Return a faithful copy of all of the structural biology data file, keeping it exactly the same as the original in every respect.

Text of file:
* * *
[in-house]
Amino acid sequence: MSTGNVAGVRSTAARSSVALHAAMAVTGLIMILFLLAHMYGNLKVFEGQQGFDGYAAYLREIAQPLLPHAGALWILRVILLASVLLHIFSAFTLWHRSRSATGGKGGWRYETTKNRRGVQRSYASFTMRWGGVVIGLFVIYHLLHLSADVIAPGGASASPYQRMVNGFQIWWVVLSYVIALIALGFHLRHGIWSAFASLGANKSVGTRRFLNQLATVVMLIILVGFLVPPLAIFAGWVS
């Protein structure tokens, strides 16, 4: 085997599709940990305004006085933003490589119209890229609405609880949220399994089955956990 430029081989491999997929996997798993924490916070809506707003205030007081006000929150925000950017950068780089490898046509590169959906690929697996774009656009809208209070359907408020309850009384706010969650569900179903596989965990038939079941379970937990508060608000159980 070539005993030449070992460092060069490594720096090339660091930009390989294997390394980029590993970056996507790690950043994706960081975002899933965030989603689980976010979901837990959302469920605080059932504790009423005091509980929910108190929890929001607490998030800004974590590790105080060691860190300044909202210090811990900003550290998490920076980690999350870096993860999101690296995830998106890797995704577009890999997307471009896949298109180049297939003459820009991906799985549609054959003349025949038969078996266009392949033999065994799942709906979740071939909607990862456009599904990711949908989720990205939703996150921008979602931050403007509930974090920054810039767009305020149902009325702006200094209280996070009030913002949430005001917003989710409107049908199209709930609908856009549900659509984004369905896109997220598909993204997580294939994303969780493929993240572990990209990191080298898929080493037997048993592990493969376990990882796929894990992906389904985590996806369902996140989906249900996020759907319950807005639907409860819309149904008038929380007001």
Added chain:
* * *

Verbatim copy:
[in-house]
Amino acid sequence: MSTGNVAGVRSTAARSSVALHAAMAVTGLIMILFLLAHMYGNLKVFEGQQGFDGYAAYLREIAQPLLPHAGALWILRVILLASVLLHIFSAFTLWHRSRSATGGKGGWRYETTKNRRGVQRSYASFTMRWGGVVIGLFVIYHLLHLSADVIAPGGASASPYQRMVNGFQIWWVVLSYVIALIALGFHLRHGIWSAFASLGANKSVGTRRFLNQLATVVMLIILVGFLVPPLAIFAGWVS
């Protein structure tokens, strides 16, 4: 085997599709940990305004006085933003490589119209890229609405609880949220399994089955956990 430029081989491999997929996997798993924490916070809506707003205030007081006000929150925000950017950068780089490898046509590169959906690929697996774009656009809208209070359907408020309850009384706010969650569900179903596989965990038939079941379970937990508060608000159980 070539005993030449070992460092060069490594720096090339660091930009390989294997390394980029590993970056996507790690950043994706960081975002899933965030989603689980976010979901837990959302469920605080059932504790009423005091509980929910108190929890929001607490998030800004974590590790105080060691860190300044909202210090811990900003550290998490920076980690999350870096993860999101690296995830998106890797995704577009890999997307471009896949298109180049297939003459820009991906799985549609054959003349025949038969078996266009392949033999065994799942709906979740071939909607990862456009599904990711949908989720990205939703996150921008979602931050403007509930974090920054810039767009305020149902009325702006200094209280996070009030913002949430005001917003989710409107049908199209709930609908856009549900659509984004369905896109997220598909993204997580294939994303969780493929993240572990990209990191080298898929080493037997048993592990493969376990990882796929894990992906389904985590996806369902996140989906249900996020759907319950807005639907409860819309149904008038929380007001």
Added chain: